Fake news thrives in coronavirus ‘infodemic’
Maelstrom of the abnormal is perfect environment for those who deal in disinformation
Far-right radio host Alex Jones has been told by the New York state attorney general to stop promoting a sham anti-coronavirus toothpaste. Photograph: Jim Bourg/Reuters
It was largely lost in the growing panic over the rapid spread of Covid-19, but when the World Health Organisation warned that the virus was not just a pandemic but an “infodemic”, it was telling us something important about the psychological battle in which each of us is locked.
We first heard of the virus last year as a threat apparently confined to China. In a few months it has consumed all before it: there’s now largely no other news, no other topic of conversation globally. “Normality” is a thing of the past, perhaps a thing of the future – but for the moment it is gone.
That maelstrom of the abnormal is the perfect environment for those who deal in disinformation.
In a reflection of what’s gradually been emerging as a newly bipolar world characterised by the battle for “Great Power” dominance between the United States and China, that relationship too has been the “ground zero” of the Covid-19 infowars.
The most toxic of the conspiracy theories so far has been that the virus has been artificially created and weaponised by a nation state.
The first such story was that it had been genetically engineered as a bioweapon in the Wuhan Institute of Virology, the very laboratory that enabled China to identify the deadly pathogen as a “novel” form of coronavirus, in other words a form not seen before.
Virologists and epidemiologists are confident, however, that Covid-19 was not artificially created. The WHO points out that China shared the genetic sequence of the new coronavirus on January 12th – the single most important step in allowing the development of targeted diagnostic responses.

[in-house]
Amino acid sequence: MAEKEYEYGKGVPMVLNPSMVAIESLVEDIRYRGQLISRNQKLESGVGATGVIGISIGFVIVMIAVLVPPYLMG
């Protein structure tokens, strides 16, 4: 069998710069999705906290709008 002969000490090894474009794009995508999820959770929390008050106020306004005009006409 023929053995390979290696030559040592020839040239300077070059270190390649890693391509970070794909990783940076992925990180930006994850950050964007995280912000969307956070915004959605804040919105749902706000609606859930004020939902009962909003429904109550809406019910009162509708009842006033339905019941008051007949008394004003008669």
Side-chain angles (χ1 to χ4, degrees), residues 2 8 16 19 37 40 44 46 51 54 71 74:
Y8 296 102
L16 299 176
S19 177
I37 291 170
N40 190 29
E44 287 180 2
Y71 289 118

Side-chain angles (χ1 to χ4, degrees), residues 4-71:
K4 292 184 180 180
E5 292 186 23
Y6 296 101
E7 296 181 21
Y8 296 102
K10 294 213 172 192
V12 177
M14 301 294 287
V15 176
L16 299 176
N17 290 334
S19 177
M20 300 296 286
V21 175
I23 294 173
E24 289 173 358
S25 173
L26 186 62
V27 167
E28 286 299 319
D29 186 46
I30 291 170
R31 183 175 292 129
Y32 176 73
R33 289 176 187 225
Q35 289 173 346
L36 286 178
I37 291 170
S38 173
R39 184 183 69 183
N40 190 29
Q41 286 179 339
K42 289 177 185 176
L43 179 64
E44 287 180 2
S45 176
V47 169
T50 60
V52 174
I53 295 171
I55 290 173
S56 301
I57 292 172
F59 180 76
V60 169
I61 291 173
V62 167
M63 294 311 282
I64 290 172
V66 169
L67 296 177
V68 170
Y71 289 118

Since then, however, there have been multiple variations on the same conspiracy theme.
Claims and counterclaims
Chinese foreign ministry spokesman Zhao Lijian suggested on Twitter that members of the US military may have introduced the virus to China during the World Military Games last October – and that America has been refusing to come clean.
There have also been claims that the US created the virus to contain its geopolitical rivals not just in China but in Iran as well.
The escalating claims and counterclaims led US secretary of state Mike Pompeo to hit out at Chinese “disinformation” while President Donald Trump again raised the stakes by speaking about “the Chinese virus” – causing fury in Beijing.
Down the food chain from the White House, it’s happening too. Trump supporter and president of the Christian evangelical Liberty University in the US, Jerry Falwell Jnr, suggested that Covid-19 could be the “early Christmas present” that North Korean leader Kim Jung-un famously promised the president.
The world is a small place online and there have been countless hoax cures, many of them making money on the basis of “tribal” endorsements.
Former televangelist Jim Baker has attempted to sell a product named Silver Solution as an antidote. Far-right radio host Alex Jones has been told by the New York state attorney general to stop promoting a sham anti-coronavirus toothpaste. Even in Ireland, colloidal silver, usually marketed as a dietary supplement, has a certain following.
Hackers have been at work too. A malicious website posing as the invaluable Johns Hopkins University live map of the outbreak has been infecting visiting computers with the AZORult malware, which steals a range of sensitive data.
Tha has been copied in the Netherlands where the website of the Public Health Institute (RIVM) has also been faked, forcing the institute to correct false figures and the defence department to deny that the army was on standby to keep people off the streets.
According to reputable Dutch cyber security company Cybersprint, there are more than 22,000 registered websites featuring the key words “covid-19” or “corona”, a high proportion of which are fraudulent in one way or another.
Disinformation may sometimes seem mischievous rather than actually dangerous.
But it’s a psychological game. It plays to our biases: what we’re most likely to believe, what we’re most likely to fear, what’s most likely to foment panic when the parameters of normality are blurred.
That’s when clarity and consistency are at a premium.